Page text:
• Modern molecular studies are providing new insights into the biochemical and biophysical characteristics of spore forming bacteria that may lead to promising new applications, detection methods and therapeutics. (
  • Although the spores of myxobacteria and those of Bacillus species, which are Gram-positive bacteria, have many properties in common, the developmental processes that lead to their formation are fundamentally different. (
  • In the present paper we report on initial attempts to correlate changes in polarized light scattering signals from bacteria and bacterial spores with changes in physical parameters as a result of heat and UV exposure. (
  • The taxonomy of spore-forming Gram-positive bacteria has a long and colorful history. (
  • This killed the bacteria, but not the spores. (
  • Spoilage of food products is frequently caused by bacterial spores and lactic acid bacteria. (
  • Photocatalytic oxidation of bacteria, bacterial and fungal spores, and model biofilm components to carbon dioxide on titanium dioxide-coated surfaces. (
  • Bacteria form spores to become dormant, which allows them to survive extended periods of starvation until new nutrients arrive to revive the spores. (
  • Dr Bischofs explains that the enzyme is passed down from one generation of bacteria to the next by carry-over until spores are formed. (
  • The researchers were able to show a tradeoff between quantity and quality: Bacteria either make many spores that can revive only in nutrient-rich environments, or fewer but better spores that also revive in scarce environments. (
  • When the favorable condition prevail, (i.e. availability of water, appropriate nutrients) spores germination occurs which forms vegetative cells of pathogenic bacteria. (
  • Examples of Spore forming Bacteria- Spores formed by only two genera of Gram positive rods are of medical importance. (
  • and due mainly to germination of the dormant spores into vegetative bacteria. (
  • The group of Prof. Nathan Swami at the University of Virginia has impressively shown how it is possible to determine the predisposition for CDI by measuring the germination of C. difficile spores to vegetative bacteria using Amphasys' Impedance Flow Cytometer (Ampha Z32) on ex vivo cultured samples. (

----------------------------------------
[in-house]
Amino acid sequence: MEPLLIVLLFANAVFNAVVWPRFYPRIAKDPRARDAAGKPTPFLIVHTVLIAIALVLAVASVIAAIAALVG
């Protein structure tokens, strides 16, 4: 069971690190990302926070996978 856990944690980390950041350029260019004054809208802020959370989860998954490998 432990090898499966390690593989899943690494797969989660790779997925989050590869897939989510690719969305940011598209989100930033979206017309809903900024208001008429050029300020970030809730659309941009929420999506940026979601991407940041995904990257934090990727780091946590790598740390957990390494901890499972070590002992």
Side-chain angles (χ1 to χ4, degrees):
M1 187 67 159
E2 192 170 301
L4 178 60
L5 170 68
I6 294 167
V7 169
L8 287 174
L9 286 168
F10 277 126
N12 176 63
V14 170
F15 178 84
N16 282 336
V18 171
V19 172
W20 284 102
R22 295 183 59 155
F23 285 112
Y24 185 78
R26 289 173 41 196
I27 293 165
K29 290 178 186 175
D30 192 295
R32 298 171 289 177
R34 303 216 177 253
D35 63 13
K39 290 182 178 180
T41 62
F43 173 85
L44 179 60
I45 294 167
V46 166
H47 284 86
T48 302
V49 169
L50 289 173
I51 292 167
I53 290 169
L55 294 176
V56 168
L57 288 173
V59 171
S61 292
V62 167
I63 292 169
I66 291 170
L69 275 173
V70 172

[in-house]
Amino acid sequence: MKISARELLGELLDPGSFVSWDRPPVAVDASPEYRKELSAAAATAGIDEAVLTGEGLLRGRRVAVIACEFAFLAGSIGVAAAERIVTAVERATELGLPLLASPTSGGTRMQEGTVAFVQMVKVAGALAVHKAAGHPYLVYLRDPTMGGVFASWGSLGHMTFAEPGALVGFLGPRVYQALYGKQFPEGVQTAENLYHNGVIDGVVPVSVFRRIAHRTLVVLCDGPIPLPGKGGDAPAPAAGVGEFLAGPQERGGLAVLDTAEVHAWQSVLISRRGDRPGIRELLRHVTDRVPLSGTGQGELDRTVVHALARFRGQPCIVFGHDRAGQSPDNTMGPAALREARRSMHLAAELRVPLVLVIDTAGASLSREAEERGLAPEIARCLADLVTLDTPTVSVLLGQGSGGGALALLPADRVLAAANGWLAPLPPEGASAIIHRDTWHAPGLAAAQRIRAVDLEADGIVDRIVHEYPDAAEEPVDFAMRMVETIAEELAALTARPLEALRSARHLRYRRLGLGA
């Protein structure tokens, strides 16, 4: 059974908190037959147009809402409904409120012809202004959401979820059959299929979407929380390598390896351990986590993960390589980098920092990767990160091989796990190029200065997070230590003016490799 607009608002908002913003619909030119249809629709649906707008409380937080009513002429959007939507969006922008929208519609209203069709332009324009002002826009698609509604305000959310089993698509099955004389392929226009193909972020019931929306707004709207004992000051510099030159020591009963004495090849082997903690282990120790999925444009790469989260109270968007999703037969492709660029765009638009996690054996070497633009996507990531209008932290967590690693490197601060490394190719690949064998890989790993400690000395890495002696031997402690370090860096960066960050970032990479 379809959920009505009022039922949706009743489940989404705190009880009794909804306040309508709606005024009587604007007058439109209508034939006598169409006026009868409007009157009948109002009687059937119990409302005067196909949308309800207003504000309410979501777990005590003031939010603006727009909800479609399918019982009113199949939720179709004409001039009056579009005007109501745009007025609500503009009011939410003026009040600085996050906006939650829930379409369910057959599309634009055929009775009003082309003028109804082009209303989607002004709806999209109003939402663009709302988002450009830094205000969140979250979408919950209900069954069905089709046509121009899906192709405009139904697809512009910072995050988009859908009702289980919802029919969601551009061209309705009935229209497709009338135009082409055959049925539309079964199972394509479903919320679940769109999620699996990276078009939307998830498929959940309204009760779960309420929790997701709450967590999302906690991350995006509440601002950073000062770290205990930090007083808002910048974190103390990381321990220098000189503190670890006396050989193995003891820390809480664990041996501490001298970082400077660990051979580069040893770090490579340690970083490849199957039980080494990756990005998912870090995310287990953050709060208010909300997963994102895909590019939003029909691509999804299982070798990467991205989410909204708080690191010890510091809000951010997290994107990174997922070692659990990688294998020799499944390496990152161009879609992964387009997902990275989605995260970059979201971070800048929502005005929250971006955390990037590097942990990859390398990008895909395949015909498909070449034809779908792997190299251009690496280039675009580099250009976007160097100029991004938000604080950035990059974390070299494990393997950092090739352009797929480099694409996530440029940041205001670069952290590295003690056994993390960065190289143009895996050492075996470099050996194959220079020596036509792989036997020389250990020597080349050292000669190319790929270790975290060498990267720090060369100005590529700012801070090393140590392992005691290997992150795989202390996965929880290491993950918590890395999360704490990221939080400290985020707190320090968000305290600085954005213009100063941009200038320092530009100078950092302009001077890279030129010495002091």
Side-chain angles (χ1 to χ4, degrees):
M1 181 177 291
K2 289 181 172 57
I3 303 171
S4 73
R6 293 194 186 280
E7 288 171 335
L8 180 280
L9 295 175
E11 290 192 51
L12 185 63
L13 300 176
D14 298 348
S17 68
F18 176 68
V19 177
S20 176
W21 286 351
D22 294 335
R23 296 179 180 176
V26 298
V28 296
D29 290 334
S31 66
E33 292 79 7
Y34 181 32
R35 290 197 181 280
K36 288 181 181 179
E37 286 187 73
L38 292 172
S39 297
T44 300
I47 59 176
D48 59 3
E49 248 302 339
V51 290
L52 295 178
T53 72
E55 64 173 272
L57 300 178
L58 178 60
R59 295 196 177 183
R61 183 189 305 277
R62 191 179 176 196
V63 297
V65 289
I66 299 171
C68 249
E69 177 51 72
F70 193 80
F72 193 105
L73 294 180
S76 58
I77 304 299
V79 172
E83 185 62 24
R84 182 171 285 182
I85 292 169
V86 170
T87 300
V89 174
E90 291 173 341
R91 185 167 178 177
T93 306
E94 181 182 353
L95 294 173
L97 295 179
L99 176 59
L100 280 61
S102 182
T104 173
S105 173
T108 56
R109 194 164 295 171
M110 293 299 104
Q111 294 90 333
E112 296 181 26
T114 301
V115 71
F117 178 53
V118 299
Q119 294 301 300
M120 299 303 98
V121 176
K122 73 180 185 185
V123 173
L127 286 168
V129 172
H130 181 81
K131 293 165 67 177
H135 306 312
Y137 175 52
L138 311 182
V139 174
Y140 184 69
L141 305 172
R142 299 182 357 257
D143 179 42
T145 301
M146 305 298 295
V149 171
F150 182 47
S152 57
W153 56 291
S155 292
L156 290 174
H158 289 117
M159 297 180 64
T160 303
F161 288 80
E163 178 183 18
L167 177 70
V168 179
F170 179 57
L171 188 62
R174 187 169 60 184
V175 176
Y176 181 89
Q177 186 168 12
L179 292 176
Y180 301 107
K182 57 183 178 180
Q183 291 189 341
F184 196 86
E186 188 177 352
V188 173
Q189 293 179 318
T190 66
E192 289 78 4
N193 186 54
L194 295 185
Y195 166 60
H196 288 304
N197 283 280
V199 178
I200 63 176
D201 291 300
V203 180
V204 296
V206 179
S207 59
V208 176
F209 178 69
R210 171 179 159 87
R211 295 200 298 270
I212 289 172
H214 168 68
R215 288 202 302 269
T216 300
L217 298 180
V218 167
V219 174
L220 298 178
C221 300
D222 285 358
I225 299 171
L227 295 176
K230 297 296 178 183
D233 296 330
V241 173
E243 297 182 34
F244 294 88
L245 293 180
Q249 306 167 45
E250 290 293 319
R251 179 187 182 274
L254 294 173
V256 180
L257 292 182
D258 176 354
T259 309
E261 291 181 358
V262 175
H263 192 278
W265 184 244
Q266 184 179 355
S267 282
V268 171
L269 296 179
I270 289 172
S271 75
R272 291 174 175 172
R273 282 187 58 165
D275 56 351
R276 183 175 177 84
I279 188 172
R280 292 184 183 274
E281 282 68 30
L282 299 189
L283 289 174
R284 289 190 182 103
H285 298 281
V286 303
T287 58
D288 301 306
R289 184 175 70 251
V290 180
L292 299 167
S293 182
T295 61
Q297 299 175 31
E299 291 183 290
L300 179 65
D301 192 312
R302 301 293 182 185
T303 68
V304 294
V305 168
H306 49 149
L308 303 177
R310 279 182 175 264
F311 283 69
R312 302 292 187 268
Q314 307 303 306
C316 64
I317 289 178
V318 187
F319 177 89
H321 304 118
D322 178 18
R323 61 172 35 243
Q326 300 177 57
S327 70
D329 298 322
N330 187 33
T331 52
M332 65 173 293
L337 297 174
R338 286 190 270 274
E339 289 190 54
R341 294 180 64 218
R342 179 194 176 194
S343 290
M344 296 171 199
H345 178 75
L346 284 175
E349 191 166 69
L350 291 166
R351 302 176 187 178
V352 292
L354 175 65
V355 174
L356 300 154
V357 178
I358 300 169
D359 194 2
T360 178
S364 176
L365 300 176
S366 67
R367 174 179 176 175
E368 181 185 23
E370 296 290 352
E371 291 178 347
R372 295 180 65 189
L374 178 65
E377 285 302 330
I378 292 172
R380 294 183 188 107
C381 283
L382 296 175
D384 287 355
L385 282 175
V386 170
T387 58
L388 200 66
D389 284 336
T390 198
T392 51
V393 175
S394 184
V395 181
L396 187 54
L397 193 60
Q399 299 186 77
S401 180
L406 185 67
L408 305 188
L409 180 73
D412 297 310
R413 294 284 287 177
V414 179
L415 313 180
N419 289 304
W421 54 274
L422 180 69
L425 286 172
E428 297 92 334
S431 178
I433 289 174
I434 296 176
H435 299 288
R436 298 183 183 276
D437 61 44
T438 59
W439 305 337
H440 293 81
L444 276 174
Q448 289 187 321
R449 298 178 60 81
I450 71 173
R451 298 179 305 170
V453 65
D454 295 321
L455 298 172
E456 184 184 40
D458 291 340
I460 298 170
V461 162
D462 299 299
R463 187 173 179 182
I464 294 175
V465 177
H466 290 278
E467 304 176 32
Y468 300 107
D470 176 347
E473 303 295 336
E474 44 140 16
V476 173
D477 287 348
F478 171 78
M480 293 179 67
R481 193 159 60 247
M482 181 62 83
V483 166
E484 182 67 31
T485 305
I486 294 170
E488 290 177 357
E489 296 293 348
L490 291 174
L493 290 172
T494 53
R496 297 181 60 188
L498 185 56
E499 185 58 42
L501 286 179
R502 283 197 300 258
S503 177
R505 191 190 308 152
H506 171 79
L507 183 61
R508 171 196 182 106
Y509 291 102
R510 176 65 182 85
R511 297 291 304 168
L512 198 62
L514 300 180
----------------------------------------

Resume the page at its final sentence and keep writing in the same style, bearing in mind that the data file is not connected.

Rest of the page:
• Spore formation (sporulation) occurs in bacteria in approximately 6 to 8 hours after being exposed to adverse environmental conditions.Mature endospores are released from normally-growing cells that are called vegetative cells. (
  • Results demonstrate the potential of insects to serve as biosentinels for detecting the presence of spore-forming bacteria in the environment. (
  • The key thing here is being able to use a spore-forming bacteria," says Dr. Dale Gerding, a researcher at the Veterans Administration who has spent his career trying to come up with effective treatments for C. difficile . (
  • This ingestion of the spore by the host activates reproduction of the bacteria inside the grub. (
  • and milky spore, like other bacteria, is highly survivable in drought conditions but suffers in temperatures of Zone 5 and colder. (
  • A variety of different microorganisms form "spores" or "cysts," but the endospores of low G+C gram-positive bacteria are by far the most resistant to harsh conditions. (
  • Results from a Phase 1b/2 clinical trial suggest that an investigational oral therapeutic drug containing the spores of approximately 50 species of beneficial bacteria is effective for the treatment of recurrent C. difficile infection. (
  • Bacteria and viruses are more easily killed by UV light than are bacterial spores 775 . (